What type of Photography Do You Enjoy?
Almost immediately, I knew that I didn’t want to be a portrait or wedding photographer. It just wasn’t as exhilarating for me as taking photos of my favorite sushi. Recently, I made the decision to begin my adventure into the professional food photography world. I want to encourage everyone to think about what they love to photograph. Maybe it is people? Maybe it is landscapes? Is it wildlife? Or maybe it’s babies or brides… For me, it is food. I love taking pictures of food.
How to Get Started as a Food Photographer…
If you are like me, and you are thinking “I’d love to make money photographing food,” here’s how you can get started.
1. Free: In the beginning, I took a lot of pictures for free, simply because I enjoyed taking them. I would then send them to the company or restaurant with my watermark on them and permission to use them online. Those establishments might never turn into paying customers, but if they use them it’s free advertising for me, and if I’ve whet their appetite for more, then we can negotiate.
2. Shameless self-promotion: I spend countless hours emailing local businesses and introducing myself. Don’t be shy – if a business isn’t interested, they’ll tell you, but you never know who might be.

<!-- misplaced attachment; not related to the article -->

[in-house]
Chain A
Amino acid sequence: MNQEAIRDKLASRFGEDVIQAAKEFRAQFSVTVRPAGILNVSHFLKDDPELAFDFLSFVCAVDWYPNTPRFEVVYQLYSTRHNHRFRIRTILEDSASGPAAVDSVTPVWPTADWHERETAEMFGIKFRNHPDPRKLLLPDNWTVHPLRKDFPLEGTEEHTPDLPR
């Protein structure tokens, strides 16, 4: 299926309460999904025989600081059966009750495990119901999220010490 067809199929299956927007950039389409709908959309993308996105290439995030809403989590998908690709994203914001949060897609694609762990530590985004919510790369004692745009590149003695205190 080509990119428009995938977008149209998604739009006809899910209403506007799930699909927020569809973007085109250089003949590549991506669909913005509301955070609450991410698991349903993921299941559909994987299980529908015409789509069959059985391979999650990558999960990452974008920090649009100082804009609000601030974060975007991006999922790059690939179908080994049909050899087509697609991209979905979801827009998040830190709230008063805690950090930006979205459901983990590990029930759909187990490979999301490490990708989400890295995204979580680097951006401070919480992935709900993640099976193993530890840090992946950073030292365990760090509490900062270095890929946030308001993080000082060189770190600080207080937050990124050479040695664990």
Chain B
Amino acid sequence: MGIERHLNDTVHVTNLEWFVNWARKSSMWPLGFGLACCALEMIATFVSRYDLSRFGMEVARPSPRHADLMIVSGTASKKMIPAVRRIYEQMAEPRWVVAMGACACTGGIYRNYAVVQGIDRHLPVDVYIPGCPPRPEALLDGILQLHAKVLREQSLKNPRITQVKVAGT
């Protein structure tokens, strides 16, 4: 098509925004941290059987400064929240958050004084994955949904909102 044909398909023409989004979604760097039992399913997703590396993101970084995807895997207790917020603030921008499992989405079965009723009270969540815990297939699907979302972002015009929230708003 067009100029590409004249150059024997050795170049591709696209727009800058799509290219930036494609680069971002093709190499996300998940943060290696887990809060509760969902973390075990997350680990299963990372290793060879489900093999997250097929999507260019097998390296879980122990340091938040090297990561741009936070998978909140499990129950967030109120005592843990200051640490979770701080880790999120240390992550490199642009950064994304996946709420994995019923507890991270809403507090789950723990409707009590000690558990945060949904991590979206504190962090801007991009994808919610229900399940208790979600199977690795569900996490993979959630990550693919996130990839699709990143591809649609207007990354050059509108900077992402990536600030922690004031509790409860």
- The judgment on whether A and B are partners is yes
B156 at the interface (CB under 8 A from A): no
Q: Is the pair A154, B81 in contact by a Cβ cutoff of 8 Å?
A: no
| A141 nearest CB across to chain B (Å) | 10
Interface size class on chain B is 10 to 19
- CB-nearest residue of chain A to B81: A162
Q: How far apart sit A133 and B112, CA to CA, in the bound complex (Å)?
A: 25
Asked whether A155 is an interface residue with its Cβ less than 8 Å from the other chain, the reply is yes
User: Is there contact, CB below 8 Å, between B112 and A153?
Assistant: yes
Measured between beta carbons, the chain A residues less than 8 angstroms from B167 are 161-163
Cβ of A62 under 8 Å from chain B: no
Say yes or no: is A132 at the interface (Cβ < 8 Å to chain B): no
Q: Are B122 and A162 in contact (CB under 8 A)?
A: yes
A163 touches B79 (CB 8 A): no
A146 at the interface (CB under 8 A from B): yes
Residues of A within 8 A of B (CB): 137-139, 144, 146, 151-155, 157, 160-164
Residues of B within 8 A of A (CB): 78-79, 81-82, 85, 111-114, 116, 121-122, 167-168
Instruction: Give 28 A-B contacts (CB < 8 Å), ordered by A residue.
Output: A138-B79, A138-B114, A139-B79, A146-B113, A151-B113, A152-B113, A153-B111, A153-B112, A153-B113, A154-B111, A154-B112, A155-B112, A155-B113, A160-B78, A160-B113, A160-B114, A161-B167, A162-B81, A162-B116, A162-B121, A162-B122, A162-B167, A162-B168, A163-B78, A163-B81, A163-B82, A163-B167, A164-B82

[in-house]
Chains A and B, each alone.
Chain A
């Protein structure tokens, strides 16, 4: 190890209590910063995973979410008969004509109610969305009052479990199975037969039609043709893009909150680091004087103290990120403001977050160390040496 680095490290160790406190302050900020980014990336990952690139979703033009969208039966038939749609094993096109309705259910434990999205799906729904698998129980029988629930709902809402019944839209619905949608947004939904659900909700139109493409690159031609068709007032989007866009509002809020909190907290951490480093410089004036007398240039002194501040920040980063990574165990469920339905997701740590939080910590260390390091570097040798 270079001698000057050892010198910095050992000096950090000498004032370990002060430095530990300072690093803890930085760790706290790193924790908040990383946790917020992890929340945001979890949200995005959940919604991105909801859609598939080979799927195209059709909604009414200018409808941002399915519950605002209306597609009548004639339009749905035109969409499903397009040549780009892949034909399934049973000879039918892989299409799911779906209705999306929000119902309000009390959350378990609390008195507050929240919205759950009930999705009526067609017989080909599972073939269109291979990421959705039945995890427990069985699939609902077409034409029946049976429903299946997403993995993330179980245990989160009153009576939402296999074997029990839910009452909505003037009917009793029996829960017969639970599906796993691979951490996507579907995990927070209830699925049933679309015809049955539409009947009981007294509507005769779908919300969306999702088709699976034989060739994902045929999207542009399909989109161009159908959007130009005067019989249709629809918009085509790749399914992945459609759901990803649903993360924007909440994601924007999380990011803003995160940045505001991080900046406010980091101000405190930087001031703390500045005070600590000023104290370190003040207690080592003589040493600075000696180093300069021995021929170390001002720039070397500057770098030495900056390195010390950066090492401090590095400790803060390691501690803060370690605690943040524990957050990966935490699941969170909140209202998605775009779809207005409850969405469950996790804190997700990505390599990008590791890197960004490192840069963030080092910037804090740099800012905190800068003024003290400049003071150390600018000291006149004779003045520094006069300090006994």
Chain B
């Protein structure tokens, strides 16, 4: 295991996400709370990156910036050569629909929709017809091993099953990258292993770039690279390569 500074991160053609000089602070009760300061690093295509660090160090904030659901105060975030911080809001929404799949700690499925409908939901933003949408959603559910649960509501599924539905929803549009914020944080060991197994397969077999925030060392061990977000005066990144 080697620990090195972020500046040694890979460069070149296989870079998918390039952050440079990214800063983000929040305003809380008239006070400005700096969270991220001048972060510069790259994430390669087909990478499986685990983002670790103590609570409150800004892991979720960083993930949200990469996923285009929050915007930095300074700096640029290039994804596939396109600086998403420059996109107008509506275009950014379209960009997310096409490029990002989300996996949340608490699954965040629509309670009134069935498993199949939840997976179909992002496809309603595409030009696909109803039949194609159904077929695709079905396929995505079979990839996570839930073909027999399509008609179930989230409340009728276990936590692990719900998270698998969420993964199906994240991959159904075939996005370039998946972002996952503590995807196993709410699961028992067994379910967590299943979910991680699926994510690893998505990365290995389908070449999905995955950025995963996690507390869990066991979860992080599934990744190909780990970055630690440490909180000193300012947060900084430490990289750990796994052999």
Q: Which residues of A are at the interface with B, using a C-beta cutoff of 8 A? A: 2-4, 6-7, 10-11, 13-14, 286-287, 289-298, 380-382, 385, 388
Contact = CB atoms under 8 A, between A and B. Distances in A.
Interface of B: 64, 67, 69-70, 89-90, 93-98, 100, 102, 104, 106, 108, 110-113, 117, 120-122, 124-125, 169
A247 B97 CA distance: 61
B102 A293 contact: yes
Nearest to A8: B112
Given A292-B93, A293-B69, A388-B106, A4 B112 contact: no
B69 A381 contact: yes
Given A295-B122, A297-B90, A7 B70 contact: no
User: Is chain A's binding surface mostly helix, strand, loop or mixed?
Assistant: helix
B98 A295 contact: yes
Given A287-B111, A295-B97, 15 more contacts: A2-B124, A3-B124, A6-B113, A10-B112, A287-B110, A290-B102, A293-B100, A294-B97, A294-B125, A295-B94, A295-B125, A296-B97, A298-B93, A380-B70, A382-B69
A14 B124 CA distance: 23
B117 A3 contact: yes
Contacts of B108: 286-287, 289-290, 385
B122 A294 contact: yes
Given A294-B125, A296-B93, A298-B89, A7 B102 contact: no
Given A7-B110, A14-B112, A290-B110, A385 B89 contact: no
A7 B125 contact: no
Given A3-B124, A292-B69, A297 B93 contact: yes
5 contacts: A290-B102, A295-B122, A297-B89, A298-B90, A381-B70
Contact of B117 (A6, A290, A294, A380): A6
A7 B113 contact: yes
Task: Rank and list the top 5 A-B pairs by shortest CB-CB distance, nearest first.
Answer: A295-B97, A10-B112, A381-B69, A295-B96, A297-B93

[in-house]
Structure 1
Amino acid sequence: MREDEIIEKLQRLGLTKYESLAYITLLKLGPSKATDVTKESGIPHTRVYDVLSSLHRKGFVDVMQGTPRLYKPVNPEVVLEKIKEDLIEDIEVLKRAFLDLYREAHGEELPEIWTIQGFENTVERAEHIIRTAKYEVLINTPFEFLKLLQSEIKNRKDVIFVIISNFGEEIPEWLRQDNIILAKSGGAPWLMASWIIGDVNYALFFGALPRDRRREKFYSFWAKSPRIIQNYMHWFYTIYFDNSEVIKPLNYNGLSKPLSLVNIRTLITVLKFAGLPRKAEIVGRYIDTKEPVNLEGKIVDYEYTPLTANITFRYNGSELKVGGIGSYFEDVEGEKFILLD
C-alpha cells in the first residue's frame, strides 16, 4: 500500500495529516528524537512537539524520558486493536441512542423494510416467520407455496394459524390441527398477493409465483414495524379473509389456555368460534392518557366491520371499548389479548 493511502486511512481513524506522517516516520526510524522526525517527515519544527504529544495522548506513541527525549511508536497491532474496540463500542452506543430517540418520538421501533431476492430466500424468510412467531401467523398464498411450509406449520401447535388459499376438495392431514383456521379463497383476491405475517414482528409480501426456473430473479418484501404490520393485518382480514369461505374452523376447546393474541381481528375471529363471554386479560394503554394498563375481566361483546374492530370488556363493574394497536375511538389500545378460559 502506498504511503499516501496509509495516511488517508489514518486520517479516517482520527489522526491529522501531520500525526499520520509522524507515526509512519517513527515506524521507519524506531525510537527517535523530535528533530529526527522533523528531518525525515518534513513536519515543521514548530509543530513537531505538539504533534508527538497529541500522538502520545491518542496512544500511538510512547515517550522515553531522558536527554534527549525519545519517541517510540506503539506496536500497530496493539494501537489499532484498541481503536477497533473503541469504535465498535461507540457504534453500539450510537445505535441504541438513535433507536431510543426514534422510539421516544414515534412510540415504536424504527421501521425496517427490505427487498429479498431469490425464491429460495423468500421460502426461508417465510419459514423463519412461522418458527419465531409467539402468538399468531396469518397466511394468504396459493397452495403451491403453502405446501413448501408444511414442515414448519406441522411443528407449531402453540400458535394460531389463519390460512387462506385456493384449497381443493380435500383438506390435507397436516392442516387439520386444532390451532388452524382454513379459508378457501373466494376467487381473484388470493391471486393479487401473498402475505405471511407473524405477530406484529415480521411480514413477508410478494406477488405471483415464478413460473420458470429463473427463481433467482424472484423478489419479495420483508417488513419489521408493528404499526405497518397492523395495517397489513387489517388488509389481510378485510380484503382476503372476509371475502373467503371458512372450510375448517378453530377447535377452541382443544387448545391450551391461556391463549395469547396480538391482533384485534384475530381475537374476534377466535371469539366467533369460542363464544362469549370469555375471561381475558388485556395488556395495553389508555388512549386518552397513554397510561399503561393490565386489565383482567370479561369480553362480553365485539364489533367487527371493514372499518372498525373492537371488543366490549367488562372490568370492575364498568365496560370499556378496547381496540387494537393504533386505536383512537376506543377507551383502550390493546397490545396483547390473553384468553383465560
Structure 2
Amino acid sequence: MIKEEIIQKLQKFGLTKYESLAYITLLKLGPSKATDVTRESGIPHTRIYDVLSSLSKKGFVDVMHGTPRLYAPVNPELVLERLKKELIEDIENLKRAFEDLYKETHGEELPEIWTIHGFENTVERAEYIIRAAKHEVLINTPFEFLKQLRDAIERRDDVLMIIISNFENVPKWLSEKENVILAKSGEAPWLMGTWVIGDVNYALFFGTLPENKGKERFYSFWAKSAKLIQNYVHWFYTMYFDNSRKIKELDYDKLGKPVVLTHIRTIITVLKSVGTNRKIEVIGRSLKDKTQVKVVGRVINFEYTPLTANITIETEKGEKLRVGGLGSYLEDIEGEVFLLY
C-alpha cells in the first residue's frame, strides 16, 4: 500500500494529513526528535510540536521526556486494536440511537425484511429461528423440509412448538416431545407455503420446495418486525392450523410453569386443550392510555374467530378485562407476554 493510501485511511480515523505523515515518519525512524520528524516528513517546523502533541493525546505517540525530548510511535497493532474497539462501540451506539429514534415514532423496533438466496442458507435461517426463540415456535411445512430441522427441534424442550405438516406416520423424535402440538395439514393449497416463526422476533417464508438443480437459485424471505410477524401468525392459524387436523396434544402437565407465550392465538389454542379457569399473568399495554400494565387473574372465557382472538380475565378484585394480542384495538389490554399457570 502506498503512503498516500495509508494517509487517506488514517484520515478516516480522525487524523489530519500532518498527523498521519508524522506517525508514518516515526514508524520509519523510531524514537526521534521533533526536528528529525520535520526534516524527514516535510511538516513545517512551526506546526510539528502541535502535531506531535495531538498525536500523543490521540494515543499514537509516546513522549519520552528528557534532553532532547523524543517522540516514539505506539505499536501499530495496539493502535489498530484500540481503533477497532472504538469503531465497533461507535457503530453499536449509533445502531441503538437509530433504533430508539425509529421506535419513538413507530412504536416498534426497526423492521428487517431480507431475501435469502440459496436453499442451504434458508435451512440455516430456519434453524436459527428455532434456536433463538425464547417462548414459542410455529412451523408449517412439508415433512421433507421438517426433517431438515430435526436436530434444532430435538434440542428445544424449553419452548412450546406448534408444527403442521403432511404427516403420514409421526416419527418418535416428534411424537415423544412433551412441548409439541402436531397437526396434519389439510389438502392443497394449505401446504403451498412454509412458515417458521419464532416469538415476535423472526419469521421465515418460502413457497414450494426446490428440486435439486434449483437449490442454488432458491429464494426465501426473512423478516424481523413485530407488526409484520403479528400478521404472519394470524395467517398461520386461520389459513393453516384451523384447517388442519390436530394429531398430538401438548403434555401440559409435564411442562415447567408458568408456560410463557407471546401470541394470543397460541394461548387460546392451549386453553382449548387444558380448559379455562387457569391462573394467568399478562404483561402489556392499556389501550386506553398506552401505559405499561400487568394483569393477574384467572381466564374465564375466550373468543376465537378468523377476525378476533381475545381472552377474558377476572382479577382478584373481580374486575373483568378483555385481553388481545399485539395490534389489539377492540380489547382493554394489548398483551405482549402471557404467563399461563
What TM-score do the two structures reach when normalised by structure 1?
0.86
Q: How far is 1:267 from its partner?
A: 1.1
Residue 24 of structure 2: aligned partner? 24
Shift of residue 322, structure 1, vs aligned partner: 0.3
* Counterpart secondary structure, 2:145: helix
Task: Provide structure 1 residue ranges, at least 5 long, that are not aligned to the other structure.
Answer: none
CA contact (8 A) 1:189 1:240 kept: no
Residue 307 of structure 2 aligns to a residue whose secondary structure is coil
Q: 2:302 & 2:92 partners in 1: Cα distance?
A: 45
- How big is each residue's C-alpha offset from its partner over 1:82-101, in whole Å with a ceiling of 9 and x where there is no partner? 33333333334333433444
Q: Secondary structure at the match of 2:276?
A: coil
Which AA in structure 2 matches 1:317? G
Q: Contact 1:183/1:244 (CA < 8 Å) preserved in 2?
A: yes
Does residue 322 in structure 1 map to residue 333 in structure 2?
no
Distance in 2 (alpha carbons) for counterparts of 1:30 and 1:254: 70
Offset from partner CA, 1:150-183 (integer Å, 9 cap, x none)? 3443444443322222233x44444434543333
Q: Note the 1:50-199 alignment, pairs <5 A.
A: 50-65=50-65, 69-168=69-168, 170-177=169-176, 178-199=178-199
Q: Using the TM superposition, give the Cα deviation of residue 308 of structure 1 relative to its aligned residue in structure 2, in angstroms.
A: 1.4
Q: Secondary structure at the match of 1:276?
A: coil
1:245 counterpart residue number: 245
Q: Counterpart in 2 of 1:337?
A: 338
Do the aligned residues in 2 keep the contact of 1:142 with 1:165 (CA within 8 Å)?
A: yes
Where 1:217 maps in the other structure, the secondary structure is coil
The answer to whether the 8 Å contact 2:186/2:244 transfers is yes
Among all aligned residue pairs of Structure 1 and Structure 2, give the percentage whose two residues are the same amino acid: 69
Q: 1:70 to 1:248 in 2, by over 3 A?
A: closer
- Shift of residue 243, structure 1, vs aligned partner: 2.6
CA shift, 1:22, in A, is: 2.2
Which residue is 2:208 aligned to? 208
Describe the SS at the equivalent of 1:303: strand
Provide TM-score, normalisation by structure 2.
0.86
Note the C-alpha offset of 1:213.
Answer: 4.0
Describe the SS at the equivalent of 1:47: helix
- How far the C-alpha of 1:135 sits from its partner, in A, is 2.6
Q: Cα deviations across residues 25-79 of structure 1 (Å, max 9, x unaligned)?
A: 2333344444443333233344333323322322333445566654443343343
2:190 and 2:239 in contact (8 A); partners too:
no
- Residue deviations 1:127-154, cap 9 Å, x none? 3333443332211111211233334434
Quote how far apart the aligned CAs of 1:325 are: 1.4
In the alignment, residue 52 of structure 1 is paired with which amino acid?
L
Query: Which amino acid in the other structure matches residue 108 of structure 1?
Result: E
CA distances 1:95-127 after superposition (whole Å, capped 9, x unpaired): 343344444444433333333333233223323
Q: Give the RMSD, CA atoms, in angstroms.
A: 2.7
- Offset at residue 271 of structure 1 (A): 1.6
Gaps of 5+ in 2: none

3. Contact restaurants in your area: Even if they already have professional-looking images on their website, updated images could do wonders to boost interest in their product.
4. Word of mouth: It’s invaluable. Let others talk about you and help get your name out there.
5. A strong internet presence: You never know who is Googling for a food photographer in your area! Make sure you show up in those search results.
6. Lighting: As always, lighting is critical. Learn your lighting options, as they will vary from location to location, and be prepared. I have a medium-sized softbox that I use with an external flash and a wireless transmitter to connect it to my camera. Even if you have a window, it won’t necessarily provide you with the best light (is there an awning? is it raining?) and it could be overpowered by whatever lights are being used inside. A light source that you control is optimal. Also remember that food photography and food styling are two different things – the trick is to be fluid in both. More on that later…
7. It takes time: It does not happen overnight. It takes patience to build a business. But if you do not start, then you’ll never have one.
One unexpected bonus of shooting food is how it has helped me to overcome some of my issues with eating. I have battled a lifelong poor relationship with food. No more than two years ago, I was a hopelessly picky eater. I didn’t eat seafood or meat of any kind; no salad, no fries, no sauces, and absolutely NO cheese. After countless hours around all varieties of food, I’m proud to say that while I’m still not a dairy lover, I’m open to a little fresh mozzarella on my favorite burger!
Blaire Ring is an up and coming food photographer in Northern Virginia. She is a wife of nearly four years and proud mama to a beautiful little girl who will be two in September, two dogs, and a cat.